To answer both your questions as far as the DE/SE are concerned the answer is simply yes. It is standard practice in professional scouting. The reality is that some units are just thrown together by both volunteers and DE's without a solid foundation or commitments by leaders and parents during recruitment drives, and they usually start disintegrating within 3-6 months. It is much easier to start a new unit than try to resurrect one at deaths door, that is basic business management 101.
The strong units are those with committed leadership who develop a fun and enticing program for their kids. Whether they have 10 or 50 kids is unimportant because they will always surpass all the units with apathetic leadership who gives no effort to developing a fun or interesting program and they will quickly die out from their own apathy, survival of the fittest is the way of nature and the world.
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Your view, while admirable, is highly unrealistic. A unit whose leadership fails to live up to what they agreed to do and what is required of them as leaders, committee members, and scouters, and allowing the unit to fall into chaos and infighting resulting in the youth leaving en masse has set themselves up to fail, not the DE or the council. No DE worth their salt would ever intentionally set up a weak unit. I never did and twenty years later all the units I helped to create as a DE are still active, even though the council has been merged into a larger one twenty miles away.
From what I have observed as a unit leader, committee member, and as a COR since then is that the scouting profession has become much more cutthroat and dishonest with the volunteers and in the handling of the councils assets, such as camps and other property. There also seems to be an evergrowing attitude of less than minimal effort on the part of scouting professionals in dealing with or even caring about the needs of the units or leaders in delivering the program in the field. To me this is the biggest tragedy of all and IMO are pivotal reasons why quality leaders are leaving the BSA, quality unit programs are becoming harder to find, and why more youth are becoming bored faster and leaving scouting sooner than ever before.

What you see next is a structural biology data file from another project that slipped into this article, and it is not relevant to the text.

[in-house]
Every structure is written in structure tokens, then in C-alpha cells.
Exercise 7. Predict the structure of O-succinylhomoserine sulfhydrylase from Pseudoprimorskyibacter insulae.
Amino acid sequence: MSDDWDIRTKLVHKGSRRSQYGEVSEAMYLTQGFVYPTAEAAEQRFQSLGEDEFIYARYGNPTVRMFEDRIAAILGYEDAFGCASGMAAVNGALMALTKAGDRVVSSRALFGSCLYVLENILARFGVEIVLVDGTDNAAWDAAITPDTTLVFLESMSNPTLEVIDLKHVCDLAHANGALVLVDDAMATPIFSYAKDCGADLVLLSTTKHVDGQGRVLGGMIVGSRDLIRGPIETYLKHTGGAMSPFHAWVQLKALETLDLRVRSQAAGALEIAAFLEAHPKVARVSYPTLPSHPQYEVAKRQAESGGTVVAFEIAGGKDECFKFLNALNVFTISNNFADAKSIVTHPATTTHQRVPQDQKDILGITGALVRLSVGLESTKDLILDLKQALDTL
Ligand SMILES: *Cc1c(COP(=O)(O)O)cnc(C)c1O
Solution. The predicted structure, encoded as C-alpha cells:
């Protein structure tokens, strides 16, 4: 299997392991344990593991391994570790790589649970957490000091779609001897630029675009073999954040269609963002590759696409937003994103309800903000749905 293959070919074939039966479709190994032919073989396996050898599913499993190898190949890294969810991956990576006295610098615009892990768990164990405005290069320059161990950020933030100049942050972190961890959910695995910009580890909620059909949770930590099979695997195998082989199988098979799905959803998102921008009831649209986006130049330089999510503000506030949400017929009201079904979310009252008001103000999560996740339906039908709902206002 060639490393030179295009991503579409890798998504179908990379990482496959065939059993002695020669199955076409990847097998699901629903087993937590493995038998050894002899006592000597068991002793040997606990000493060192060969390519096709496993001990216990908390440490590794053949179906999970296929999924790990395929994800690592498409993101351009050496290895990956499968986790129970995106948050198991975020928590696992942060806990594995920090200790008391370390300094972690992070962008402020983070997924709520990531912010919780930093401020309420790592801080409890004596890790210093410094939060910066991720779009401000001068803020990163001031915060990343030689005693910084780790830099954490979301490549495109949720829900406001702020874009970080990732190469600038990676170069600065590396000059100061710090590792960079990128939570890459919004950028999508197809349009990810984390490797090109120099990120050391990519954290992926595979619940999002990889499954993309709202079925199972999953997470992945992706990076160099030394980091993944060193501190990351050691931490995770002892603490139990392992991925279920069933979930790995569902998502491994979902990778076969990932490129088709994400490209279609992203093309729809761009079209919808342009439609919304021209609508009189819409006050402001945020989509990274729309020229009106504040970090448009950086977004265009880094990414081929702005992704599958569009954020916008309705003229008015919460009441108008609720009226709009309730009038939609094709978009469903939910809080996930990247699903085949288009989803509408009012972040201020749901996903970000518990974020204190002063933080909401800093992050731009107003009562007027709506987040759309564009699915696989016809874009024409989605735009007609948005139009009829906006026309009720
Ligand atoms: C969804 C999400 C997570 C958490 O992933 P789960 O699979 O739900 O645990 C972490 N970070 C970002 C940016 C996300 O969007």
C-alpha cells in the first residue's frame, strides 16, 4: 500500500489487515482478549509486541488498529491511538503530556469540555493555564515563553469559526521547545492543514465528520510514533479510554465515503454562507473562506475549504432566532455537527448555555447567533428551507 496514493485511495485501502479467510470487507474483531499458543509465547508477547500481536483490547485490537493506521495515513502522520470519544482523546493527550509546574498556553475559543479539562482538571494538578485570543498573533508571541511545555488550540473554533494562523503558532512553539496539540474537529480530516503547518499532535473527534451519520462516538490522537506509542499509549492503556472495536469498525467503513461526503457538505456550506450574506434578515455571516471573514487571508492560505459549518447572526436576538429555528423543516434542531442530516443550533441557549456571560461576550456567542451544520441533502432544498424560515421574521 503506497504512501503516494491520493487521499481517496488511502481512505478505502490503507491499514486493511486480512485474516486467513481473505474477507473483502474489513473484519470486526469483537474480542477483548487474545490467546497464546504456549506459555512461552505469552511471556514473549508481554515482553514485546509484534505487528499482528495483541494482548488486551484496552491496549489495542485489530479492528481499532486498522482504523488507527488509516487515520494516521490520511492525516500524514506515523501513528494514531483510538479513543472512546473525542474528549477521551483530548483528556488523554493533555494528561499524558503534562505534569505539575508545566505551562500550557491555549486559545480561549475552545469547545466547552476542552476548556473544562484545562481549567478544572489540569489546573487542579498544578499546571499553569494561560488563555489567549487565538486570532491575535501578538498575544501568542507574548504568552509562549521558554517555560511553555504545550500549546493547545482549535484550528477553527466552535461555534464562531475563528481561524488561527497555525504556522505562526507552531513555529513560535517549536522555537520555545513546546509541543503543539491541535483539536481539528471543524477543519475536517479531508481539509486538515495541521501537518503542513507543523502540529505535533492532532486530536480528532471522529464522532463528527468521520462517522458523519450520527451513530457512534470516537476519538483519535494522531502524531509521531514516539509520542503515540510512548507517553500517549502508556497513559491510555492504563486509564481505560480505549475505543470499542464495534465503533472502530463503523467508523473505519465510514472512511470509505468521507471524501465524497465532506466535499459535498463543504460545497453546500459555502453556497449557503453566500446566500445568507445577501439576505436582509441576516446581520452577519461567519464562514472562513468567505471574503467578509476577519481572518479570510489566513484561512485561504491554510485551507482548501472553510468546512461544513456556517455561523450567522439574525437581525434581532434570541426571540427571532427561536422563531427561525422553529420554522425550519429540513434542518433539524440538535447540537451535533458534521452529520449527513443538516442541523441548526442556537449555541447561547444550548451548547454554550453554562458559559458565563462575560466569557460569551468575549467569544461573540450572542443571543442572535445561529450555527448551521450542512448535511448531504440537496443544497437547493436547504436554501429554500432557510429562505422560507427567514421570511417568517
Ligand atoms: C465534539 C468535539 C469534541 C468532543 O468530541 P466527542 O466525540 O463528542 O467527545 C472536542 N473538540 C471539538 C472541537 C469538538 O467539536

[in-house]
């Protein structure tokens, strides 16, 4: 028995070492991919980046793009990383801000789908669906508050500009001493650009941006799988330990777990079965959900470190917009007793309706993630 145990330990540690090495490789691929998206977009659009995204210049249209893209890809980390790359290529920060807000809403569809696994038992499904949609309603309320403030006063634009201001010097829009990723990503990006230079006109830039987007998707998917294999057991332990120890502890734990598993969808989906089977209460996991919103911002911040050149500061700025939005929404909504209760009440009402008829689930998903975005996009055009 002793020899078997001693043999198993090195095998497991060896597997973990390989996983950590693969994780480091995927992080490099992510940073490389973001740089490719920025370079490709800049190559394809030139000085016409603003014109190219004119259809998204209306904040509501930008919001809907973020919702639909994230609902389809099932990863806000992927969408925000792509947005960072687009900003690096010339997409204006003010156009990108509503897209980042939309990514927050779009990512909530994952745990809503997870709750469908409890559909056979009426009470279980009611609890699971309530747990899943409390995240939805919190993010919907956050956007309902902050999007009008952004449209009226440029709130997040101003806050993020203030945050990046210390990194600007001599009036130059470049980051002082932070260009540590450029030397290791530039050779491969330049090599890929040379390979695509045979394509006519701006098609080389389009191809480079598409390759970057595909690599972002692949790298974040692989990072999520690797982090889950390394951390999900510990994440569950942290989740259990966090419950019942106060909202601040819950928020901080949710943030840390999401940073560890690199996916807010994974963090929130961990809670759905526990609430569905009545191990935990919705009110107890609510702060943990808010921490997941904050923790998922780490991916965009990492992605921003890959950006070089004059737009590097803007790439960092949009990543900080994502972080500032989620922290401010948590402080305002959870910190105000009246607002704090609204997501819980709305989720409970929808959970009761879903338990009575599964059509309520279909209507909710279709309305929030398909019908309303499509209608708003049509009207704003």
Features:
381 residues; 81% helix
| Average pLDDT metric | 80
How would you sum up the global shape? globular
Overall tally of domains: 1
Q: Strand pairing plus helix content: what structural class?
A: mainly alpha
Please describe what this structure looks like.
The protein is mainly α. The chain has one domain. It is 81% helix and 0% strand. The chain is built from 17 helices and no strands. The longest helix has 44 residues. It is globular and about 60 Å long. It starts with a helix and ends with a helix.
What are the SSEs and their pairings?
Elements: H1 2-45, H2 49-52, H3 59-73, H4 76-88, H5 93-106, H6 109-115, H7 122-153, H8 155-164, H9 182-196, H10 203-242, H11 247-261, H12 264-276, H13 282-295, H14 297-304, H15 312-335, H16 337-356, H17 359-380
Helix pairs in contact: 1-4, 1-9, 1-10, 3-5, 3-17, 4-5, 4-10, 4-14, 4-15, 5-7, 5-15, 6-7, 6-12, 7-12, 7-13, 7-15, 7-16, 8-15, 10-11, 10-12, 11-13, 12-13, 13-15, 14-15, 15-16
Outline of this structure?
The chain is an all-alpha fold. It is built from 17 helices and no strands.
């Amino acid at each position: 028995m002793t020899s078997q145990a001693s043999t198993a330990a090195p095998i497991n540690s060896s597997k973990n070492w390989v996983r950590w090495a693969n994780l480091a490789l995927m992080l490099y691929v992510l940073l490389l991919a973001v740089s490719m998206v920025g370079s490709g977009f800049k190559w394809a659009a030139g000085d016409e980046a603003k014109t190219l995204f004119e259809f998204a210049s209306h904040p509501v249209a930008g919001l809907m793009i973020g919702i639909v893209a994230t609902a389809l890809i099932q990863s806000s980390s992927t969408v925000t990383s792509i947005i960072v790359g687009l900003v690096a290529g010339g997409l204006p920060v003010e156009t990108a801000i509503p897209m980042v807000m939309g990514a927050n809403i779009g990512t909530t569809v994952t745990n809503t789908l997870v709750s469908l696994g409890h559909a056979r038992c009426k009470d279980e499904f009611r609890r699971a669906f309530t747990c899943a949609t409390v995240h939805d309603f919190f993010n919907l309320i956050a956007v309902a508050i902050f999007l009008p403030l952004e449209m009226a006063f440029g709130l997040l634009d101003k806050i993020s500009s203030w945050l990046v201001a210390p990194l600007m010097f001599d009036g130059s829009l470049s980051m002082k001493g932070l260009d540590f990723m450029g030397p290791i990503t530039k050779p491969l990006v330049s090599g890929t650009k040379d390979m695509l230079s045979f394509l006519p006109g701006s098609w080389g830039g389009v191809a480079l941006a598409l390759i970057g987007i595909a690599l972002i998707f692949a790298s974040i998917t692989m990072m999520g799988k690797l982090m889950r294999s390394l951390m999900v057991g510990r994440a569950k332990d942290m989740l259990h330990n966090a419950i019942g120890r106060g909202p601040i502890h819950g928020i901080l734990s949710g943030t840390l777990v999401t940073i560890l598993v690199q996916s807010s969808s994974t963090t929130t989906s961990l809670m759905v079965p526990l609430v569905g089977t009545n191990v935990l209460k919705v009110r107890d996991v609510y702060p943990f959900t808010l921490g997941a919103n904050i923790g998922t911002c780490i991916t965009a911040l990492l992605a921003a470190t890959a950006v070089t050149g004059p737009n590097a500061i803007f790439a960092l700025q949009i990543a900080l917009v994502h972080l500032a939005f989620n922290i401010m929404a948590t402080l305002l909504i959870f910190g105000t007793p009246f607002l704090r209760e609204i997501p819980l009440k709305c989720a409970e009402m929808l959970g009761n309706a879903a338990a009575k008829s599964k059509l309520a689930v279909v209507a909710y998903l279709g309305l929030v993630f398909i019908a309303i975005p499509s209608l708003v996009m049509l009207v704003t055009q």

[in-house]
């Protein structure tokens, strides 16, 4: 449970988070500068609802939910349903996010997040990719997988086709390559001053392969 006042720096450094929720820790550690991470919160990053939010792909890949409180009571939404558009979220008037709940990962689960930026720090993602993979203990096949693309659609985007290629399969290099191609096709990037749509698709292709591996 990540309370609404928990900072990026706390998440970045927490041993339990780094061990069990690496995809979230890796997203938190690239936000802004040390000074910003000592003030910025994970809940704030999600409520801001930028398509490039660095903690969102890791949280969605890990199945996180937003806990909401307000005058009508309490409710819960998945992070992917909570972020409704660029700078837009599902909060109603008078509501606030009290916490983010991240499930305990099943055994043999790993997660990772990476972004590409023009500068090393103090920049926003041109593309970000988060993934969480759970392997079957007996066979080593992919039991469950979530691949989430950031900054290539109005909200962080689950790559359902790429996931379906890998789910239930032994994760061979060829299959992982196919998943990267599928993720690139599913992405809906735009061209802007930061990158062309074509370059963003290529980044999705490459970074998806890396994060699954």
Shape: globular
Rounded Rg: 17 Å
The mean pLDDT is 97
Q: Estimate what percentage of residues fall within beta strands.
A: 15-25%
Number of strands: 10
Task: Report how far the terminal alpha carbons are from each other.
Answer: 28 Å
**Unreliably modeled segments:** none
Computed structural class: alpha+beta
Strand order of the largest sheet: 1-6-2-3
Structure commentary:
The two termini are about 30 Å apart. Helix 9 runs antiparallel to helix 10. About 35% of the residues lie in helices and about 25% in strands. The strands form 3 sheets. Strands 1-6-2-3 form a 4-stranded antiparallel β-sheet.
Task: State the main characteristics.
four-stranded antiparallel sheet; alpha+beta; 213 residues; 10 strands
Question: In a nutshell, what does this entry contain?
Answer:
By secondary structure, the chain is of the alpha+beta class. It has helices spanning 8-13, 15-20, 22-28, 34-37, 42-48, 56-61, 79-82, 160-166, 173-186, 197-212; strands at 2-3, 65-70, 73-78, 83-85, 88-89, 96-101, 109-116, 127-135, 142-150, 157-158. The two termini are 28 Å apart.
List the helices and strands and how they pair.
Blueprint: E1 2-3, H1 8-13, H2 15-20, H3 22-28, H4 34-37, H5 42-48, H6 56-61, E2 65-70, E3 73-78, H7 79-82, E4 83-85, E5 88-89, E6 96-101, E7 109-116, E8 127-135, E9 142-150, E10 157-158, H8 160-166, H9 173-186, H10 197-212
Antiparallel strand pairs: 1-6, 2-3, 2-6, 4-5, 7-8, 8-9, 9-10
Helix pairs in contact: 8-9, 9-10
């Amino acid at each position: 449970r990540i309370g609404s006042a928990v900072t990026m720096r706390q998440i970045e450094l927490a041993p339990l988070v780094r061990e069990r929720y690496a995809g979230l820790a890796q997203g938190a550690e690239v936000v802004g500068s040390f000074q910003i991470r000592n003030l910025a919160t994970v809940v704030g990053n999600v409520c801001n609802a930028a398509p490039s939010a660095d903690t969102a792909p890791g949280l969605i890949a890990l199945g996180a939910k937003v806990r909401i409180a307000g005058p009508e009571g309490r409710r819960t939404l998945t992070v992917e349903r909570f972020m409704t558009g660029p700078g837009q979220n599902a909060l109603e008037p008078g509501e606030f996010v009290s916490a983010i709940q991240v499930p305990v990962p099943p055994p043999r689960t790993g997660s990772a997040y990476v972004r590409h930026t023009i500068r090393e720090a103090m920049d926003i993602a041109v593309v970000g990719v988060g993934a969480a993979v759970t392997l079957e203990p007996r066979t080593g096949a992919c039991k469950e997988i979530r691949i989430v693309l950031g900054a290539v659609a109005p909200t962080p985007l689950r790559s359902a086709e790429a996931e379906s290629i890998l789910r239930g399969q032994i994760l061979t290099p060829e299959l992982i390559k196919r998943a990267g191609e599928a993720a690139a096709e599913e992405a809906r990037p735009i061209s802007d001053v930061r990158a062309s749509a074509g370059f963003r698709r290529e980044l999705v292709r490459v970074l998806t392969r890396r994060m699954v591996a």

I thank God every day that our Venturing Crew is so rock solid in its foundation with a diverse, highly dedicated, and high quality group of adult leaders. Our membership is still growing rapidly with over 85 active youth at last count. Our crew has become the go to place for other crew leaders in our council to come for advice, support, or help with their own programs. We are basically self sufficent enough to where we do not even need the council, nor do they have anything to even offer our crew. The council though does come to us frequently for help with training and other council events.
So for me it begs the question DO we even need councils or professional scouting anymore with their total mismanagement of all the council resources?
...So for me it begs the question DO we even need councils or professional scouting anymore with their total mismanagement of all the council resources?...
My council has just announced a reorganization of its districts. We will be going from 8 to 3. But here is the kicker - there will be no downsizing of the professional staff. In fact more professionals will be hired. The new districts will have multiple DE's. The city district will have 4 - 5 DE's. The other two 2 - 3. Council has effectively gotten rid of the volunteer district leaders of 5 districts while adding additional pros to the payroll - to better serve us.
Funny, but several years back when the new SE came to town, we went from 5 districts to 9 - to better serve us. More pros had to be hired to man the new districts. Membership supposedly grew by leaps and bounds though you never saw the youth. And now after several years with a new SE, we are downsizing to 3 districts but keeping and adding to the professional staff.
My council is also big on school packs. easy to start, constant influx of new members at the beginning of the school year. In fact, in many school packs, the DE is the Cub master. All the while, many traditional units have been allowed to die.
- Jun 2012
What do you expect the DE to do? They cannot make families join your pack, aside from flyering the schools, doing boy talks, what else can they really do?
I guess if the DE is motivated, he can be the Cubmaster for "many" packs.
Sounds like a formula for a lot of weak units to me.
If I were a DE and wanted to help get weak packs going and growing, I might be looking to expand the number of district level volunteers --- Unit Commissioners and Membership Committee in particular.
Throwing your hands up and saying "It's not my job" doesn't sound like it would be of much help.